But I won't jump the gun. I remember what everyone said, and I need to at least return more then 3-times because I no longer want to live in New York, or Paris.After traveling 490,000 air miles I've yet to find a place to say it is my city; as others have done. And it doesn't seem to bother me all that much. St. Paul and Lima, Peru are my homes.

Family and friends are there. And for now they are great places. Maybe the world is my city. And I will have to live with that.

Actually that is not hard to swallow.Now back to the books. You might be surprised what you find in these books, novels if you will, about the locations you are going to. I started to read the book: Seville, by James A. Machinery, before I took my trip to Spain. I never did finish it.

But Seville won my heart. I even went out and bought a car by that name.After reading these books and then visiting the places I had read about, some of its history seems to fly right out into my face. The paths, city streets all come alive. You will remember them on your trip; and if you forget, you will most likely try to find out what that memory loss was, when within arms reach of it. If you are like me, you will take a few notes after reading the book.

Like when I went to Asia Minor, and visited Troy. I took a book with me, although I had read it prior to the trip, three or four times. I'm not sure if I even looked at it while on the journey. But when I got back, I kind of felt the book and I had taken the trip together. And I did a little journaling. Not enough to distract me from my living in the moment though.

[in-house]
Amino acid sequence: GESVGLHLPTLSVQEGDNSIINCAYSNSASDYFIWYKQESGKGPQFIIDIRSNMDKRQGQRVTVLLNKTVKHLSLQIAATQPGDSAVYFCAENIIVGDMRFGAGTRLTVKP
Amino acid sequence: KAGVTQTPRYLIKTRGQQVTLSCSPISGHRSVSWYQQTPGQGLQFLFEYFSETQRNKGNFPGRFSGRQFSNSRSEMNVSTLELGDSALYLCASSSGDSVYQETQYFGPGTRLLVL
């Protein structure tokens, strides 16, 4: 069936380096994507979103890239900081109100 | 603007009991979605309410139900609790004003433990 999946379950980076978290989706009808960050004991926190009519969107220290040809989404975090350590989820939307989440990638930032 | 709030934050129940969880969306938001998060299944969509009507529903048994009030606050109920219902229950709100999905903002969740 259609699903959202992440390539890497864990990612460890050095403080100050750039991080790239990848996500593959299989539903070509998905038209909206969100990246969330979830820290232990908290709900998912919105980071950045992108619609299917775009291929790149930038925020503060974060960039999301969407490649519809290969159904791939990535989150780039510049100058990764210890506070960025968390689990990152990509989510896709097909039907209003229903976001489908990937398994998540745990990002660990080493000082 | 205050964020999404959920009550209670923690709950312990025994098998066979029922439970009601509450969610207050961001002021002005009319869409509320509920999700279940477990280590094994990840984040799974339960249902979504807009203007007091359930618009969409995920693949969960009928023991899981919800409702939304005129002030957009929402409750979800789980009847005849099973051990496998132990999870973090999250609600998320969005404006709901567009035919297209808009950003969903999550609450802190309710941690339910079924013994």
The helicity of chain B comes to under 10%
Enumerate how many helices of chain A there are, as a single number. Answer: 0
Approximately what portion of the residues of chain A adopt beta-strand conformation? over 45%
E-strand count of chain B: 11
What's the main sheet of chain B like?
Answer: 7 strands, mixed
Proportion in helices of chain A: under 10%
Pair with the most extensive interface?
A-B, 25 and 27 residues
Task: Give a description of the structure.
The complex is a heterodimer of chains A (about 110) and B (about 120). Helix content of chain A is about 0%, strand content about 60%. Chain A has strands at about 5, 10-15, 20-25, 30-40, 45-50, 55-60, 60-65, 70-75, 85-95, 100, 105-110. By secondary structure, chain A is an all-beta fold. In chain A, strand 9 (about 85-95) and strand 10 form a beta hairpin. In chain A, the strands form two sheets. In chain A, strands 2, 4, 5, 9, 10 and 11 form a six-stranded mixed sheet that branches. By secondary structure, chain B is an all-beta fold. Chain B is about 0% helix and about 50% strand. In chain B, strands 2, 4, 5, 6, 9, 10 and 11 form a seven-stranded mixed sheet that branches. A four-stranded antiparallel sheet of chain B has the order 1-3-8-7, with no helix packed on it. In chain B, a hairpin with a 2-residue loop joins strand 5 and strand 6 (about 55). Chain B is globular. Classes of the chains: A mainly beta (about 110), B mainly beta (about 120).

I don't like to miss too much. That is why I do not take movie cameras. It takes the sport or fun, or whatever it is great, out of a trip. A camera does not seem to do that as much.

It is part of my adventure, the book reading that is. Troy will stay within me forever, as will Homer's Iliad and Odyssey, and Virgil's Aeneid; as will as Malta, and its sister island Gozo, where I ventured into Odysseus' cave. Where I was told, it was the very place he lived for seven years after leaving victoriously from the besieged city-fortress of Troy, journeying home, around 1260 BC [but of course not making it for a long spell]. I visited Troy in l996 and Gozo in 2001. In my mind, one is linked to the other; although I never knew I would be going to Gozo, '96.

It kind of did a closing on Troy for me. When on Gozo I could visualize Odysseus' long journey home. And in a like manner, when I was at Troy I could visualize the 10-year battle that took place there.

Maybe Malta will be my city-state. There I go again. I have not even booked a second flight there yet. It is a country island.

It is about 20-miles long, and 10-miles wide; and has two other small islands belonging to it. One could almost jump to each of the other islands as they are so close. I think the small one is something like 1-miles long, and half of that wide; and Gozo about 10-miles long and 5-miles wide. St.

Paul, Minnesota could put all three of them city-states into its city boundaries I think. Yes, I love to travel as you can see.Anyways, you end up having coffee at the same locations the people do in your books, automatically; or going to the edge of the docks in Lisbon looking out into the ocean and wondering about the great earthquake that took place there a few hundred years back, devastating Lisbon. You hear the romantic and tragic voices of the past. That makes ¼ of my trip. That is, trying to experience a moment of what they did, or what happened.